by Jolijt T '11

Why the Economic Crisis Matters to Us

Even though it’s Wall Street in the news, this economic crisis won’t only affect the million dollar big shots in the leather chairs.

Our Parent’s Jobs
According to the government, more than 600,000 people have lost their jobs this year and many more are expected to. Banks aren’t lending anybody money, which means businesses, even outside of Wall Street, could have a difficult time growing and this may lead to more layoffs. This will add to the 9.4 million people already unemployed in the US. Getting a job when the competition for one is stiff and businesses can’t grow is a nearly impossible feat.

Our Homes
Banks were approving mortgages for people who couldn’t afford to pay them back which means borrowers were/are living in houses way above their means. When people can’t pay the bank back their house is foreclosed and sold to pay back the money owed to the bank. If there’s anything left after the bank is paid back it goes back to the former owner. But after the recent housing collapse people are finding that their houses are worth less than their mortgages. So the banks take a loss and people are left with nothing. According to a New York Post article from June 2008, New York has a lower foreclosure rate than almost every other major US city. However, now after the collapse of NY based companies like the Lehman Brothers and Bear Stearns this rate is sure to go up.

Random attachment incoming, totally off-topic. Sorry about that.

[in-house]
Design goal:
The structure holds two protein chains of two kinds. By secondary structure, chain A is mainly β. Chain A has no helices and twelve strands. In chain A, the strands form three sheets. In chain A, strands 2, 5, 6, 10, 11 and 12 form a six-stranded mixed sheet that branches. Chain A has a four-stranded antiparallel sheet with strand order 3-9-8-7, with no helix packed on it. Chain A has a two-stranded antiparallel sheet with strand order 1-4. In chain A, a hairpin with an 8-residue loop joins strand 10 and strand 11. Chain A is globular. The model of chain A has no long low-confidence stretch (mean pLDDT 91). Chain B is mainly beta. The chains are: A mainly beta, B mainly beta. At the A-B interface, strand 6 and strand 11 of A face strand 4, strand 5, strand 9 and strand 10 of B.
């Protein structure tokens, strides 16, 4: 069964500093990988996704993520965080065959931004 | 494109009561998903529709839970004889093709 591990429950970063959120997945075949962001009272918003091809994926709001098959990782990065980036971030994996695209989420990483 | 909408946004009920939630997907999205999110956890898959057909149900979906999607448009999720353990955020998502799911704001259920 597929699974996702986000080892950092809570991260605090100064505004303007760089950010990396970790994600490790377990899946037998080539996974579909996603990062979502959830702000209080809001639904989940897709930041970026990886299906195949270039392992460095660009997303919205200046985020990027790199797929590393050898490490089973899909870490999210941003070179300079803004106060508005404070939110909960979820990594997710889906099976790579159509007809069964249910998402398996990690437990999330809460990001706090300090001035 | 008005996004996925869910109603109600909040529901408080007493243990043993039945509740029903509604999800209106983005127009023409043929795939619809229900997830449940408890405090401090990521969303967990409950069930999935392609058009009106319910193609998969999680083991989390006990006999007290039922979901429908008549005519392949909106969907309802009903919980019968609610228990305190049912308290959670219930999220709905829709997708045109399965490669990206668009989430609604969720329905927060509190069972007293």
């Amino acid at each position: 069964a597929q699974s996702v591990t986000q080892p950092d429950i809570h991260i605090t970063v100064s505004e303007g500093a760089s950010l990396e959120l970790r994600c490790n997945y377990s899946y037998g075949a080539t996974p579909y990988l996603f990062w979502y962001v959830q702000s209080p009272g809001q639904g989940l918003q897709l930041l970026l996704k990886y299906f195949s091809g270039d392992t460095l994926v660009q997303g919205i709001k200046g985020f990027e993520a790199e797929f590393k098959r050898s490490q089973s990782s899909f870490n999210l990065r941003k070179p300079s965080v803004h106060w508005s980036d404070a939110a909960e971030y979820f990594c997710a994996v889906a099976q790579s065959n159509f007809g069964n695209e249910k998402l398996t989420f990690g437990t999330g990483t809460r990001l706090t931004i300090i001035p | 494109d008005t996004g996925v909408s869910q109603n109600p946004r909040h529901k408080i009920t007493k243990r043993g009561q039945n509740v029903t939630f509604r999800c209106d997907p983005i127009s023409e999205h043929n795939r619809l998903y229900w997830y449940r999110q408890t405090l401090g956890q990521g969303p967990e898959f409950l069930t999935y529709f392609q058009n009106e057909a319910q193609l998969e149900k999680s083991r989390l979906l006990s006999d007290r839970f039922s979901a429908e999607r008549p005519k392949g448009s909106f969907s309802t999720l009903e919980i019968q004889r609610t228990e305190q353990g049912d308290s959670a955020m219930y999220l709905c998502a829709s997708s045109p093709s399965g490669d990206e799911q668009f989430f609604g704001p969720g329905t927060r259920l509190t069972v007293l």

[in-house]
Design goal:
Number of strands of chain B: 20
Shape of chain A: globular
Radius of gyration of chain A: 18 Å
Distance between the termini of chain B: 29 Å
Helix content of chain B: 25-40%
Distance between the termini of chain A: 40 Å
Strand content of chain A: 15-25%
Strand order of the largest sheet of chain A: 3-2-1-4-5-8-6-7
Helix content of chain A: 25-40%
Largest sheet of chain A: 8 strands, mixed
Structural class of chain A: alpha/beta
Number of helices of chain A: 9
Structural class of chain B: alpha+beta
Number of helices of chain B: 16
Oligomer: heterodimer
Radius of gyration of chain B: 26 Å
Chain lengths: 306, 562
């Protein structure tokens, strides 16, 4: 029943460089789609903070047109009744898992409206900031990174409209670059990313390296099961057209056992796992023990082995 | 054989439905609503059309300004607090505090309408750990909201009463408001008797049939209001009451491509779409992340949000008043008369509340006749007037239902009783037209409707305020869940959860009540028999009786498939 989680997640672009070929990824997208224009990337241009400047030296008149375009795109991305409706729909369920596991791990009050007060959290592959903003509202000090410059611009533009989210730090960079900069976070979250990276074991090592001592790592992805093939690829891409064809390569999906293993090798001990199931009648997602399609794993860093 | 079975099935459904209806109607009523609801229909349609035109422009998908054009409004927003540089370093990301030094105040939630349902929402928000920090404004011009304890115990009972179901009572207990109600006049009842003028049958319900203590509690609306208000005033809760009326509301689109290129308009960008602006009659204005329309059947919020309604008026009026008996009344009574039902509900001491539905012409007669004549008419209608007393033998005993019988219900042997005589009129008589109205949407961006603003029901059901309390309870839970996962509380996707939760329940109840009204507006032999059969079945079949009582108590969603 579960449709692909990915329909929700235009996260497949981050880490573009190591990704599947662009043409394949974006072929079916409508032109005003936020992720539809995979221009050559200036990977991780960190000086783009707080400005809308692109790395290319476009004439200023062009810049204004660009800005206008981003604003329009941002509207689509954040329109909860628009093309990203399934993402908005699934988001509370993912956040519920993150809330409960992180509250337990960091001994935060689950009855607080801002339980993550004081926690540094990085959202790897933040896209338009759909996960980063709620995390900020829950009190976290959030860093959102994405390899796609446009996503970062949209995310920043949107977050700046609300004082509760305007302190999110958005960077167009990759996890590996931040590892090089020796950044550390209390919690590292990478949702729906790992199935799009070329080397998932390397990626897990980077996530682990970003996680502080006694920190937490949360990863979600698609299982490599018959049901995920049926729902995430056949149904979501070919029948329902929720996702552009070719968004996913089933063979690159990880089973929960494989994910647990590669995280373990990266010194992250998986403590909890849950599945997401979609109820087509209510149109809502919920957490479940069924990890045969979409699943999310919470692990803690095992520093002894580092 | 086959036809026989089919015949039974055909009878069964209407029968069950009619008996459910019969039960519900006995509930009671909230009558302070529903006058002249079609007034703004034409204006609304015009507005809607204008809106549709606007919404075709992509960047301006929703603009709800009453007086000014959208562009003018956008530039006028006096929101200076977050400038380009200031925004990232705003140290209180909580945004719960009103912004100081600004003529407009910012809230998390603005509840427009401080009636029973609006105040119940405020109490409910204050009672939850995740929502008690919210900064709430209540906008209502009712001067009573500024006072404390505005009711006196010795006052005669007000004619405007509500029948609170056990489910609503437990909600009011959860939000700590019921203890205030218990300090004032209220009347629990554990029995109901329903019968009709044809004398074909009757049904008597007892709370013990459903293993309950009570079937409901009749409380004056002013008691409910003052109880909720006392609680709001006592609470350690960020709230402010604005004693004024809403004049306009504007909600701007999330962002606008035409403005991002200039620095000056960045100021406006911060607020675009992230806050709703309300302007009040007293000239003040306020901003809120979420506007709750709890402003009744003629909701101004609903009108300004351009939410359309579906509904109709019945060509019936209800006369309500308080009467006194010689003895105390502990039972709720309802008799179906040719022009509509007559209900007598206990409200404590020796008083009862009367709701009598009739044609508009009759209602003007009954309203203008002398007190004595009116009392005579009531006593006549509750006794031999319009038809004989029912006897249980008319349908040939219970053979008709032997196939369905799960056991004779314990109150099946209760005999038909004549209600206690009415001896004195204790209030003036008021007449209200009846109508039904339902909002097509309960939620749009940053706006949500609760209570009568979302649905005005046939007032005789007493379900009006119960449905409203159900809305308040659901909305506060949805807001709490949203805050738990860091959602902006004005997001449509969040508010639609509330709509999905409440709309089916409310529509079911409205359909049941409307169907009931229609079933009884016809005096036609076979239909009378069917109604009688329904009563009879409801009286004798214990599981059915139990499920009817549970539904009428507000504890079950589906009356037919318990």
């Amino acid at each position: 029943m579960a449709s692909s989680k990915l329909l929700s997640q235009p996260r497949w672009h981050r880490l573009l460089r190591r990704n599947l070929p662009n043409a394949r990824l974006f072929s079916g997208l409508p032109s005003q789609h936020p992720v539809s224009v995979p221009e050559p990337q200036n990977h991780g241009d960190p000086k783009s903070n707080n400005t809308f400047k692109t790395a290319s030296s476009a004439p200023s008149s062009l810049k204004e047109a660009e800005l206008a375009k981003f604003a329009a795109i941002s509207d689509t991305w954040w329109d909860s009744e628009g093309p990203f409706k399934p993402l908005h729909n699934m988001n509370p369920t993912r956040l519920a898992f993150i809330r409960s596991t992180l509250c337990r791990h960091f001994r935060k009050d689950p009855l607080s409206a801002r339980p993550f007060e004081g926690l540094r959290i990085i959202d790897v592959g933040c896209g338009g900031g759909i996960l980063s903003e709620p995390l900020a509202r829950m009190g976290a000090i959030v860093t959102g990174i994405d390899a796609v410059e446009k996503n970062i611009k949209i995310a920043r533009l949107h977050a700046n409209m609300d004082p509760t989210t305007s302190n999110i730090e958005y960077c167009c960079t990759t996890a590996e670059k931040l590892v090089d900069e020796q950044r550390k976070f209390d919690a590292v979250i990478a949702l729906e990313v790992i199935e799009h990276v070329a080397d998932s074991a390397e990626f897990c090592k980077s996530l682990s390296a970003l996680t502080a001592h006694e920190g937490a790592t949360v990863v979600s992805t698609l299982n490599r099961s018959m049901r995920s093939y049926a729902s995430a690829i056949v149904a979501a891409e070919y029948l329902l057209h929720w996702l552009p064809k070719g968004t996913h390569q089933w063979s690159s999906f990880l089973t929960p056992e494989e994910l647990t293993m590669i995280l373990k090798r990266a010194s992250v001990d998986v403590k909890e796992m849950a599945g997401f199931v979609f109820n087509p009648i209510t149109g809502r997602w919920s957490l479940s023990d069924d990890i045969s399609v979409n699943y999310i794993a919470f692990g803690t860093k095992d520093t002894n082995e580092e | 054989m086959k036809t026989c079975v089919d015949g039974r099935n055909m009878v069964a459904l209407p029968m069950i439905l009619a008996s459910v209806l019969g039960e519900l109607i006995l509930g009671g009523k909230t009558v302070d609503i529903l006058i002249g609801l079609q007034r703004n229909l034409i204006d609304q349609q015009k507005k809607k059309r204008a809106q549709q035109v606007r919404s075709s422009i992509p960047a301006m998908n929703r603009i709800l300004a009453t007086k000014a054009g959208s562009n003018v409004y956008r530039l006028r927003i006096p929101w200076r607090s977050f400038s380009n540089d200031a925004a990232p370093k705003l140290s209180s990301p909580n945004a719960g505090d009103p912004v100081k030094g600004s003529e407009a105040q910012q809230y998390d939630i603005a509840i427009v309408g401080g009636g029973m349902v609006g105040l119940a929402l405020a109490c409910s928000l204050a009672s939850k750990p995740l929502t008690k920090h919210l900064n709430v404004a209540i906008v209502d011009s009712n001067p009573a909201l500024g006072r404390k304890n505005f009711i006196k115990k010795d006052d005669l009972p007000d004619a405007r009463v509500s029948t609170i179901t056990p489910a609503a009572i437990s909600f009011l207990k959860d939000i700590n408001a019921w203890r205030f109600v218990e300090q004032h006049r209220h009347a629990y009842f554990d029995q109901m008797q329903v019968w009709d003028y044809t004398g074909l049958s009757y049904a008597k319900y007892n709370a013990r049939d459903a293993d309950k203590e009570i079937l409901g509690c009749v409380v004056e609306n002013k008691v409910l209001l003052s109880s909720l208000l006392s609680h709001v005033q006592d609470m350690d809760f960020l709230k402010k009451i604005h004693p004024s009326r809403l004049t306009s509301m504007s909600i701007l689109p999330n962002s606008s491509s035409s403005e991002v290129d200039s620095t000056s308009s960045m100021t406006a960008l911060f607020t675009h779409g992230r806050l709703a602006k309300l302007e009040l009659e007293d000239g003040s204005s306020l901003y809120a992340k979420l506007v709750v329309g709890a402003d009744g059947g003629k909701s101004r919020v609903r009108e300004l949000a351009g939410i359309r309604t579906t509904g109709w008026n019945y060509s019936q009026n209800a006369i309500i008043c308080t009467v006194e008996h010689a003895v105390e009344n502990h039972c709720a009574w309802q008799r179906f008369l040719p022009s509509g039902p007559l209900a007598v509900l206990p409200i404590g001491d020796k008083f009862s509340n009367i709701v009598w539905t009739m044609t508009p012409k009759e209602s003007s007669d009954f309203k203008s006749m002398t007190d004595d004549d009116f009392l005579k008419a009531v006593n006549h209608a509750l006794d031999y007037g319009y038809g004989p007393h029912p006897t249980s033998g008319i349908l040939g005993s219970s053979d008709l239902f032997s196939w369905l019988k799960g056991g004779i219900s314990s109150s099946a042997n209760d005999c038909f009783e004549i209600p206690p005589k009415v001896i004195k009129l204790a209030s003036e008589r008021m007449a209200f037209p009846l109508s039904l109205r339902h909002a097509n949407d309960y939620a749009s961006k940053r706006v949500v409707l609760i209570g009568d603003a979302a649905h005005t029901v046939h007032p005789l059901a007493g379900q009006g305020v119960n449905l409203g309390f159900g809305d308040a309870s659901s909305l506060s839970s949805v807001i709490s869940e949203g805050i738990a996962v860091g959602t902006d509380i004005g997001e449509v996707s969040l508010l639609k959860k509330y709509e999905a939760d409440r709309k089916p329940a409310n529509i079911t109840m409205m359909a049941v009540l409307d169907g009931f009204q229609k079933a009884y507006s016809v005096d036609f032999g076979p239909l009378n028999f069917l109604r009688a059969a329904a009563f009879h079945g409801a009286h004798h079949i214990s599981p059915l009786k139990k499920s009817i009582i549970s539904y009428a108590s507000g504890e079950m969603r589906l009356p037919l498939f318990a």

Our School’s Budget
Our school budget is already tight but this crisis will only make it worse for a couple of reasons: 1) money for public education comes from property taxes. The decrease in property values will result in lower revenue for the city hence more budget cuts; 2) This multi-billion dollar federal bail out plan means the future president of the US probably won’t have much room for funding increases in education.

Our Future Jobs
Sooner or later we’ll have to support ourselves; meaning we’ll have to get jobs. Now you may say, “well I’ve got a while to go so no worries,” but the Great Depression lasted about 10 years. If the unemployment rate is high it will be even harder to get a job if you’re young and just entering the workforce.

By Mr. Lakhaney

TOK Teacher

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